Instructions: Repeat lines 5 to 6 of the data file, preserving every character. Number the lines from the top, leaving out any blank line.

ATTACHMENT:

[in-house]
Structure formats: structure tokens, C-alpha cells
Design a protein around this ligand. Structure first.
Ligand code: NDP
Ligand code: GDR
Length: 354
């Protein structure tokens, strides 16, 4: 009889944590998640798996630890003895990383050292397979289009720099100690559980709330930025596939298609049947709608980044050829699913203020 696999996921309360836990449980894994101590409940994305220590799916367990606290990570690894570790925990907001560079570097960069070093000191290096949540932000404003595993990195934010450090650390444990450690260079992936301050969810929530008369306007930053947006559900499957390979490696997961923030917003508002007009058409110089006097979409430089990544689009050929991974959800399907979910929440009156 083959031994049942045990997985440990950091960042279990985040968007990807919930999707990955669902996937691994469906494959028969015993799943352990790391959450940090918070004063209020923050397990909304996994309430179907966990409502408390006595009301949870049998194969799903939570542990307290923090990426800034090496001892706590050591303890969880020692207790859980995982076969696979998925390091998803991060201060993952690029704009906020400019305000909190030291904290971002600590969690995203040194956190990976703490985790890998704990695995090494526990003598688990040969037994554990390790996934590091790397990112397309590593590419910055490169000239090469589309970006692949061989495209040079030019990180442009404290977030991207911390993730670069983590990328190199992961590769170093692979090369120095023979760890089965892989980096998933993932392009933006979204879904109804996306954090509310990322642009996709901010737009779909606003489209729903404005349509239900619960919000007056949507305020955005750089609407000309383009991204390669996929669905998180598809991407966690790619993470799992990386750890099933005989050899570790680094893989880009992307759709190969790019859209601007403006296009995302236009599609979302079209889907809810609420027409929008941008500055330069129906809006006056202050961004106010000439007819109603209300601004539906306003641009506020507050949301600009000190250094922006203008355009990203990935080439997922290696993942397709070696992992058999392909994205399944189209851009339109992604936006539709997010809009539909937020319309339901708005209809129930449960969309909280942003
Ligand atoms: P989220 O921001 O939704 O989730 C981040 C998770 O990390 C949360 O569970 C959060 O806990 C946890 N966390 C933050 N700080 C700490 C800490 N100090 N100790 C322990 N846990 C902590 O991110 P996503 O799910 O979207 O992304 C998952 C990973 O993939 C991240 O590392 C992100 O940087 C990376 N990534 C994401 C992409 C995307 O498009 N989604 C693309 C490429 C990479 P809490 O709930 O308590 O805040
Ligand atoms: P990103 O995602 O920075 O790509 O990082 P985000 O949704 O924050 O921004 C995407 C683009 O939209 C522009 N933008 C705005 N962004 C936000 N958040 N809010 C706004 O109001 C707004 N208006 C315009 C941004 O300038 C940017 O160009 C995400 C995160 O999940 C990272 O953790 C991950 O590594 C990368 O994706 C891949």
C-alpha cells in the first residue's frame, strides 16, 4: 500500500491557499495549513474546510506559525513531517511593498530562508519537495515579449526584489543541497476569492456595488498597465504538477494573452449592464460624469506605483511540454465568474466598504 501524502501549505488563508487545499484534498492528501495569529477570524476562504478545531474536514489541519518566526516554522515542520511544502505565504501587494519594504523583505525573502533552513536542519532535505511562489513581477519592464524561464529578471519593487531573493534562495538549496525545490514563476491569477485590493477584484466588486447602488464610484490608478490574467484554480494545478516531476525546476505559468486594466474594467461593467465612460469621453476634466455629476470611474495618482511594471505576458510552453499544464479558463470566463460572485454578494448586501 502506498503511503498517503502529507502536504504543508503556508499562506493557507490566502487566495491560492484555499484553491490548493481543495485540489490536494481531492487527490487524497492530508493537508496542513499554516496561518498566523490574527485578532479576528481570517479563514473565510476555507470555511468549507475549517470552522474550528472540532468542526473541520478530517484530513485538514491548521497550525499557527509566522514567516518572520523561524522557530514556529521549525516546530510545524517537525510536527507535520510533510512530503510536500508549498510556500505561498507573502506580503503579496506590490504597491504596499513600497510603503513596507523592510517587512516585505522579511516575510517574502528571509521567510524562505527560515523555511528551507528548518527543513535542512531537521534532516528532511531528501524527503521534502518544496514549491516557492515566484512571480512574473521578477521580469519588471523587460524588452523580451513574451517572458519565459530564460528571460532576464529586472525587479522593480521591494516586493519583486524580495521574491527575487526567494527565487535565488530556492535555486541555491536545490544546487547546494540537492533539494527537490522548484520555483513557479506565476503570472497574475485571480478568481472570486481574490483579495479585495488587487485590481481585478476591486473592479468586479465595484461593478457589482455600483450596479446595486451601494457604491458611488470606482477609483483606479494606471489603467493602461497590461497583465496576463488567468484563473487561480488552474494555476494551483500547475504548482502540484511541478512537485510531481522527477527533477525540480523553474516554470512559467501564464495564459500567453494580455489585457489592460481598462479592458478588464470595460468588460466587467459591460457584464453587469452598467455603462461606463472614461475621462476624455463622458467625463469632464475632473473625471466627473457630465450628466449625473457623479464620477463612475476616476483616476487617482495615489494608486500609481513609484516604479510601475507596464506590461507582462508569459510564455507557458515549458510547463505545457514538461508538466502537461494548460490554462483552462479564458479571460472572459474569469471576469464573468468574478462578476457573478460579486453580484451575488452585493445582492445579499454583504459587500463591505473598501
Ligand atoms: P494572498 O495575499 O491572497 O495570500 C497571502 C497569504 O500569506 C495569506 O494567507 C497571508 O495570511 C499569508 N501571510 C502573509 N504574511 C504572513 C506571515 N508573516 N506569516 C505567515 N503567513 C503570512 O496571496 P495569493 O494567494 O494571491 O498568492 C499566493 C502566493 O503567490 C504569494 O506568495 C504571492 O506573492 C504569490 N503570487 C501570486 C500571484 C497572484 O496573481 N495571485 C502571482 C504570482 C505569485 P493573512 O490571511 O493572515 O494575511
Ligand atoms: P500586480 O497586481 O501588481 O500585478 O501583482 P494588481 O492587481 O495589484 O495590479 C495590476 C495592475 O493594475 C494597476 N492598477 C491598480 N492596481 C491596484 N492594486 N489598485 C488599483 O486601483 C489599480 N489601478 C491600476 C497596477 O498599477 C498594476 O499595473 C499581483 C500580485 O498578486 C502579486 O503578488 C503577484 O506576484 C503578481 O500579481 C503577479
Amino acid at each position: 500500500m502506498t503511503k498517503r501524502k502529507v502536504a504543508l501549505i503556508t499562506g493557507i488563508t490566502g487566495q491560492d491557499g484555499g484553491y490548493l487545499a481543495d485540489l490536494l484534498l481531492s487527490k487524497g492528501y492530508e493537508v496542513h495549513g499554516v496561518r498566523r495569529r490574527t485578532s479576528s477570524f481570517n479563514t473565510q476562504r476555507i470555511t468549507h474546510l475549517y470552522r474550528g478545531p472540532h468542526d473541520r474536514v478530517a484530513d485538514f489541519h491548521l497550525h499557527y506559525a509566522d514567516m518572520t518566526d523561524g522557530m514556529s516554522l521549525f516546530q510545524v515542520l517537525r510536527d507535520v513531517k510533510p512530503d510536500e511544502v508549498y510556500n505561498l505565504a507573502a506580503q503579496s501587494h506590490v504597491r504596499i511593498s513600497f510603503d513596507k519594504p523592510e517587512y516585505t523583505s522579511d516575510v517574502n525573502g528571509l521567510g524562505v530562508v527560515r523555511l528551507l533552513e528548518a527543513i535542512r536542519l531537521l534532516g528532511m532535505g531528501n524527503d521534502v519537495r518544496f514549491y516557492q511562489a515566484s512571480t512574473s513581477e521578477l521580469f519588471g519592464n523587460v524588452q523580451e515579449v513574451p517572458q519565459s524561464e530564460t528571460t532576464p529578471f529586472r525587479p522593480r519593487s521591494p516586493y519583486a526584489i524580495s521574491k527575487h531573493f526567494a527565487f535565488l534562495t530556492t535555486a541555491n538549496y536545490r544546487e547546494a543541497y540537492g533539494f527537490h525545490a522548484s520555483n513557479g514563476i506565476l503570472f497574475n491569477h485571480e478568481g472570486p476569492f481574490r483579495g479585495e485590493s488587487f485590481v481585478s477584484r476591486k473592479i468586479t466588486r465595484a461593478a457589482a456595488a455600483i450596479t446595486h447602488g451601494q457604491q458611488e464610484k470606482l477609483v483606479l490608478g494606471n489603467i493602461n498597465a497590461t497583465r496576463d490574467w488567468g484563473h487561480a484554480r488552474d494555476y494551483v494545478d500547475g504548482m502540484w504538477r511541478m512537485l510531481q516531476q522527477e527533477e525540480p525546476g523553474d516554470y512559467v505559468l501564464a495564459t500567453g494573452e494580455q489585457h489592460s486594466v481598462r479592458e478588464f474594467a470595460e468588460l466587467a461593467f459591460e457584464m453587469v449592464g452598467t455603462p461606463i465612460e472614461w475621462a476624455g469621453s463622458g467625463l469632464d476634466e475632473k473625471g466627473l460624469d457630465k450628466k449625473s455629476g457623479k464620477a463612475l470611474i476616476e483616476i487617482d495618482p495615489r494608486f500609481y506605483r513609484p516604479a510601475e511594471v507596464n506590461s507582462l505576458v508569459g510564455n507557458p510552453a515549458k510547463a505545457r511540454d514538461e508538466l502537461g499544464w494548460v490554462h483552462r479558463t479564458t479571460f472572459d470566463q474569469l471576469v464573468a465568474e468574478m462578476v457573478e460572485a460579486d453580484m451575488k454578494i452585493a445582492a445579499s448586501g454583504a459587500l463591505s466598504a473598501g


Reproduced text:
Ligand code: GDR
Length: 354